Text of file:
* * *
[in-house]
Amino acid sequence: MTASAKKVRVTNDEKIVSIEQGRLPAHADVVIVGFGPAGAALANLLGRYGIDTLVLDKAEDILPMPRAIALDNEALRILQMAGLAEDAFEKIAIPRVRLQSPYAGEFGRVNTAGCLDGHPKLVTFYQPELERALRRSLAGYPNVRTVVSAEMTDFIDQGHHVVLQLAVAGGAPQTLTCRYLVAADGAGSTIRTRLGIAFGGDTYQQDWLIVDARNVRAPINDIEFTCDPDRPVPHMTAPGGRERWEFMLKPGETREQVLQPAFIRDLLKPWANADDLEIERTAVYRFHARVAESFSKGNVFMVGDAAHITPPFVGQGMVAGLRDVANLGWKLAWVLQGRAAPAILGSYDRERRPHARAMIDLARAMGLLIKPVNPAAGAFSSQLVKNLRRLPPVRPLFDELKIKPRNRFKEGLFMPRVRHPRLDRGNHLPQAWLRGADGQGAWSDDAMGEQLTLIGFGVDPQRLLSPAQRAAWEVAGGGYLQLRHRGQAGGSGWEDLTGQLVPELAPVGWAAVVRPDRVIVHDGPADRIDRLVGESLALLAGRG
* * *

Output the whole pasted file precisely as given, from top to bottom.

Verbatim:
[in-house]
Amino acid sequence: MTASAKKVRVTNDEKIVSIEQGRLPAHADVVIVGFGPAGAALANLLGRYGIDTLVLDKAEDILPMPRAIALDNEALRILQMAGLAEDAFEKIAIPRVRLQSPYAGEFGRVNTAGCLDGHPKLVTFYQPELERALRRSLAGYPNVRTVVSAEMTDFIDQGHHVVLQLAVAGGAPQTLTCRYLVAADGAGSTIRTRLGIAFGGDTYQQDWLIVDARNVRAPINDIEFTCDPDRPVPHMTAPGGRERWEFMLKPGETREQVLQPAFIRDLLKPWANADDLEIERTAVYRFHARVAESFSKGNVFMVGDAAHITPPFVGQGMVAGLRDVANLGWKLAWVLQGRAAPAILGSYDRERRPHARAMIDLARAMGLLIKPVNPAAGAFSSQLVKNLRRLPPVRPLFDELKIKPRNRFKEGLFMPRVRHPRLDRGNHLPQAWLRGADGQGAWSDDAMGEQLTLIGFGVDPQRLLSPAQRAAWEVAGGGYLQLRHRGQAGGSGWEDLTGQLVPELAPVGWAAVVRPDRVIVHDGPADRIDRLVGESLALLAGRG